We Energies employee volunteers helped World War II, Korean War and other veterans as they embarked on a Stars and Stripes Honor Flight that departed early Sunday morning from Milwaukee’s Mitchell International Airport.
Bob Hunter and Randy Jerome at Arlington 

Among these volunteers were two guardians who traveled to Washington, D.C., with the 90 veterans: Randy Jerome and Renee Rabiego-Tiller, two employees with military ties. Their connections to the Honor Flight through their families were highlighted in an earlier post.

“I am very proud the company supports the Honor Flights, and it was my privilege to represent the company,” said Jerome of his experience as a guardian. “The Stars and Stripes Honor Flight organization did a tremendous job in shepherding the group and making it very meaningful for all involved.”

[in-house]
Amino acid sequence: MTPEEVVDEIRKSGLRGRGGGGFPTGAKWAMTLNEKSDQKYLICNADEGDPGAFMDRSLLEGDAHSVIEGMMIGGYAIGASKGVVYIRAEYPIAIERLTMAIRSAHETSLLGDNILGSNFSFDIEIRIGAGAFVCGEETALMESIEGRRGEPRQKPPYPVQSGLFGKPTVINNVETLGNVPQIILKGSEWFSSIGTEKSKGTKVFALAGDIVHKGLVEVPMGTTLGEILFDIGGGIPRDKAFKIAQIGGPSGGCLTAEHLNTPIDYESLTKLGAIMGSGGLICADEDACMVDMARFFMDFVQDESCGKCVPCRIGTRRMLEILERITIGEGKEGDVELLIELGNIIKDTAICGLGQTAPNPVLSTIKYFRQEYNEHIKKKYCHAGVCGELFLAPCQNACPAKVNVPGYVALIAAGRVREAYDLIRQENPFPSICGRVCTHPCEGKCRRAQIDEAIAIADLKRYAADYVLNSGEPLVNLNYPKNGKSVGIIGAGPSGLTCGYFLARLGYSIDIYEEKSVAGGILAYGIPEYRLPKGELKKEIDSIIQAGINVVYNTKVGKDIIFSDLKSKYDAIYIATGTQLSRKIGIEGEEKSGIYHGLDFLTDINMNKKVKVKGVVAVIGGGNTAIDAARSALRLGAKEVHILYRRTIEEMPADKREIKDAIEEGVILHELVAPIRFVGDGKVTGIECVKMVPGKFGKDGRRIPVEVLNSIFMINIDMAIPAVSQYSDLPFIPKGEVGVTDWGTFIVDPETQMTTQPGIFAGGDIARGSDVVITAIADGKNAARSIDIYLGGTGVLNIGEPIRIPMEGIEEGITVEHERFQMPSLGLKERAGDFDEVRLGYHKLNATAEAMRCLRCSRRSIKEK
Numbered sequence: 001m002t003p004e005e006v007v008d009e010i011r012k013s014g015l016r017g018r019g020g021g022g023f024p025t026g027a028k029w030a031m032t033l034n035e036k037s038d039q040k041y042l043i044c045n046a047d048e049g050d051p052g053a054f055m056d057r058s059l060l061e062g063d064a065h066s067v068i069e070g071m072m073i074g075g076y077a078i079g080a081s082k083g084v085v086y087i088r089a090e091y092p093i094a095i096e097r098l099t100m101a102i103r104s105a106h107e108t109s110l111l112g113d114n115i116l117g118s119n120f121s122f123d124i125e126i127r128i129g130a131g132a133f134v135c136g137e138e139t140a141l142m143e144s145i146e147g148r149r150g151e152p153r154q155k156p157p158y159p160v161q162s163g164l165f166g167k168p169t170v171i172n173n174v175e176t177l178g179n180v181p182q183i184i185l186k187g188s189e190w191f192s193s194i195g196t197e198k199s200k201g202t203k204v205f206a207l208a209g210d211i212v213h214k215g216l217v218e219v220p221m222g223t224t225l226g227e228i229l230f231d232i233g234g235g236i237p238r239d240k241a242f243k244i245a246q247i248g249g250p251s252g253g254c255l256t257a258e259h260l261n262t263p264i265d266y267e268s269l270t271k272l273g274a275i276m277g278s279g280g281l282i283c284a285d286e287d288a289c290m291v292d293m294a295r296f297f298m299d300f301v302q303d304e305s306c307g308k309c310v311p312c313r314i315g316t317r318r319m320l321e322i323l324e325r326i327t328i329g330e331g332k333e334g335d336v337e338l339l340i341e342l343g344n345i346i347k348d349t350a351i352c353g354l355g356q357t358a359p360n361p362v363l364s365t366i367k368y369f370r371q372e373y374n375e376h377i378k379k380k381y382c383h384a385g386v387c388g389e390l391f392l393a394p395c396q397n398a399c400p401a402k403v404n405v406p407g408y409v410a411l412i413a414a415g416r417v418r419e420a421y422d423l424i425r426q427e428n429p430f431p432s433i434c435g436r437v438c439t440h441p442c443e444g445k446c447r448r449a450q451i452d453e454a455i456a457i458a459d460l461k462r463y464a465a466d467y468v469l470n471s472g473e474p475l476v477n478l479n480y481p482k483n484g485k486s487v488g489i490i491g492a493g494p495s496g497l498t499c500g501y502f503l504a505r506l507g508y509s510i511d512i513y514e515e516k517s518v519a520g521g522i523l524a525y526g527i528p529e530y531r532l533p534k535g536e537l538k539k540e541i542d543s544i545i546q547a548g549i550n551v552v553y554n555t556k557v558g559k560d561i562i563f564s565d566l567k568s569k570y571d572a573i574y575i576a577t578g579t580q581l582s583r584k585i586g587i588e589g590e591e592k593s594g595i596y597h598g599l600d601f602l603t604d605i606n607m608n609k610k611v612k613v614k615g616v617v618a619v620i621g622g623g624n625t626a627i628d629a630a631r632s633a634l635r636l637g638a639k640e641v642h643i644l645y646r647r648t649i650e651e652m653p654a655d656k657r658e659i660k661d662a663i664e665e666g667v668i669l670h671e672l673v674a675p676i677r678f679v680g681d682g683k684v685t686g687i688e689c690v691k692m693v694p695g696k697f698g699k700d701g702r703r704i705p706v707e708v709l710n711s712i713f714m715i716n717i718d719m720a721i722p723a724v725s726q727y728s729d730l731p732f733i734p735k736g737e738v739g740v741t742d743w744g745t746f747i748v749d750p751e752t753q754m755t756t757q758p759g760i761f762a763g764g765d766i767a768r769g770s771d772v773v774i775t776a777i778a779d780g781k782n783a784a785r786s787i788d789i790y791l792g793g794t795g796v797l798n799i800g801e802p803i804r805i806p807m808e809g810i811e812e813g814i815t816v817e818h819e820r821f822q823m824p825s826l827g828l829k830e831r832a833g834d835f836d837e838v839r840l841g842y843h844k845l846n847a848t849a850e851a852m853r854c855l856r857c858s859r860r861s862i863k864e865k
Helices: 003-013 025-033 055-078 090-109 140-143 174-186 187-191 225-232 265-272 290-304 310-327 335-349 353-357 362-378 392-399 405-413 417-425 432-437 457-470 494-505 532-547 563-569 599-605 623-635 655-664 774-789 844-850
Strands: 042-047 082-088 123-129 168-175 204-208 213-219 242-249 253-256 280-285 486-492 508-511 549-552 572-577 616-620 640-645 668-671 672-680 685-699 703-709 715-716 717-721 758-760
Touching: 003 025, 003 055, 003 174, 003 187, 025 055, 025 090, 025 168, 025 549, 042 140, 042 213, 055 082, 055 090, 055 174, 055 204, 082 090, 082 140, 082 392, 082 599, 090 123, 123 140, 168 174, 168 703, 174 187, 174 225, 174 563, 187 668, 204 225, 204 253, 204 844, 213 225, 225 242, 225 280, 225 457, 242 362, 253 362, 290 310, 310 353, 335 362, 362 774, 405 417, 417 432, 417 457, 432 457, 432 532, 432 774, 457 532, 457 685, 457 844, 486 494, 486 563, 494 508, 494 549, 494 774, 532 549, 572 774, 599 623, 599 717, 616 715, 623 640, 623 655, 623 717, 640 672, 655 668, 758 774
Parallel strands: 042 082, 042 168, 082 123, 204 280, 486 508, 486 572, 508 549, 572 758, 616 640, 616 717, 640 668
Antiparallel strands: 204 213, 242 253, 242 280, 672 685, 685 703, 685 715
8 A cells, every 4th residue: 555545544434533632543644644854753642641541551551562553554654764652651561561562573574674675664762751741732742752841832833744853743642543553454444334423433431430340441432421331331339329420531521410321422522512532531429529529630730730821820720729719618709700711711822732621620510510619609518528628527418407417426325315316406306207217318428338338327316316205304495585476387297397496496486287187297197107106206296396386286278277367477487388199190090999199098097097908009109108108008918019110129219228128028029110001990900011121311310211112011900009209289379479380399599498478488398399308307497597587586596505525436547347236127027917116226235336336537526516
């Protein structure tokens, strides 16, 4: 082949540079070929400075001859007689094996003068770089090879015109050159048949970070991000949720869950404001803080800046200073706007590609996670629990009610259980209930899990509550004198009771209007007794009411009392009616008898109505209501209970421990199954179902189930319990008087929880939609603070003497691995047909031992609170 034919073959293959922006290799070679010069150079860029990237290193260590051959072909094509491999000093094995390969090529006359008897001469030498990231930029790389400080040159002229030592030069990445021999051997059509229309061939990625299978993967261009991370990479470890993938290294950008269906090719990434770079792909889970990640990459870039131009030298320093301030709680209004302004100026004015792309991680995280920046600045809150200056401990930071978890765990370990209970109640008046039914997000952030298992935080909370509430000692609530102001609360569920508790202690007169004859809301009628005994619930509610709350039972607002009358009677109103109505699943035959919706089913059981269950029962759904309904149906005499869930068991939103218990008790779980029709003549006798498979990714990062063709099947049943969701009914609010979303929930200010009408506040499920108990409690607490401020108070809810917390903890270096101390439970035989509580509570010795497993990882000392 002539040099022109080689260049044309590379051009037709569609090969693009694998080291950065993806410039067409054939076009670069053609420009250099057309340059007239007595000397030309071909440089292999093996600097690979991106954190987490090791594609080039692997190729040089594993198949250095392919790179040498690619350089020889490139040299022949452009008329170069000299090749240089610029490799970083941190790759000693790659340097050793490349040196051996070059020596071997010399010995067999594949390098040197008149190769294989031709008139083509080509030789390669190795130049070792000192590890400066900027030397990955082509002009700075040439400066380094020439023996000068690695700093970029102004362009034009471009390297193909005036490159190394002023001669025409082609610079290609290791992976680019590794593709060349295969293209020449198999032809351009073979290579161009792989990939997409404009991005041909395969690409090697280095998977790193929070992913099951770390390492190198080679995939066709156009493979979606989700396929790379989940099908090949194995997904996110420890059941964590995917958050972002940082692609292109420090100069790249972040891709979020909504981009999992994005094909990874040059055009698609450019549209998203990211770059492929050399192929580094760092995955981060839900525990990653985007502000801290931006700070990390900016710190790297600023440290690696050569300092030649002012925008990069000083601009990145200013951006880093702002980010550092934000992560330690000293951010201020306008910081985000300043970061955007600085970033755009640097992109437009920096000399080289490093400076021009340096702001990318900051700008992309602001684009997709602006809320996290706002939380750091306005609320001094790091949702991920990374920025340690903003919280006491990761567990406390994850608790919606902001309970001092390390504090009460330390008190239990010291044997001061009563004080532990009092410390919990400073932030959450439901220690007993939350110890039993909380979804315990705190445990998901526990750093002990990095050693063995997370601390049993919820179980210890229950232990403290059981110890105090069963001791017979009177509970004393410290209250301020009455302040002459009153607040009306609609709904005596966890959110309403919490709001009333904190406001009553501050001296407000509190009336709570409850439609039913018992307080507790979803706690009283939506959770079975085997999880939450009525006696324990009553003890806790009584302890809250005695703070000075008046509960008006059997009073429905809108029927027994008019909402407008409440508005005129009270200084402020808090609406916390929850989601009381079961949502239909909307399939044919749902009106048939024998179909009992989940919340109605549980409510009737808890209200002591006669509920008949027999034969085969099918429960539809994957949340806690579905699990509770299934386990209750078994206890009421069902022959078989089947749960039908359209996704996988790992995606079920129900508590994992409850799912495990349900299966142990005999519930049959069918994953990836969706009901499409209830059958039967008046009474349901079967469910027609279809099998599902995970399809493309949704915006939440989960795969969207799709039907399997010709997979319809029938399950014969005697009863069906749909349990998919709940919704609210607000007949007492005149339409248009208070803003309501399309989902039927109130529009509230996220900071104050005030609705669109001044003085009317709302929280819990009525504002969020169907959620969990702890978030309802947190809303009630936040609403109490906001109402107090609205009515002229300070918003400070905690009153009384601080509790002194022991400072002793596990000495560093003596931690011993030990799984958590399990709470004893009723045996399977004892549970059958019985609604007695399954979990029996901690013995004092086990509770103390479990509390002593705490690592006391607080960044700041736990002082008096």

Jerome and Rabiego-Tiller were joined by 13 other We Energies employees who volunteered to help with the morning send-off at the airport.

Employee Amy Cowdery was reunited
with a high school friend.
“Throughout the day, I was incredibly proud and pleased when a multitude of strangers young and old, from the USA and from foreign countries, stopped our veterans to thank them for their service,” Rabiego-Tiller said. “It was especially touching while visiting the Korean memorial when citizens from South Korea stopped our veterans to take pictures with them and to thank them for fighting for their country.”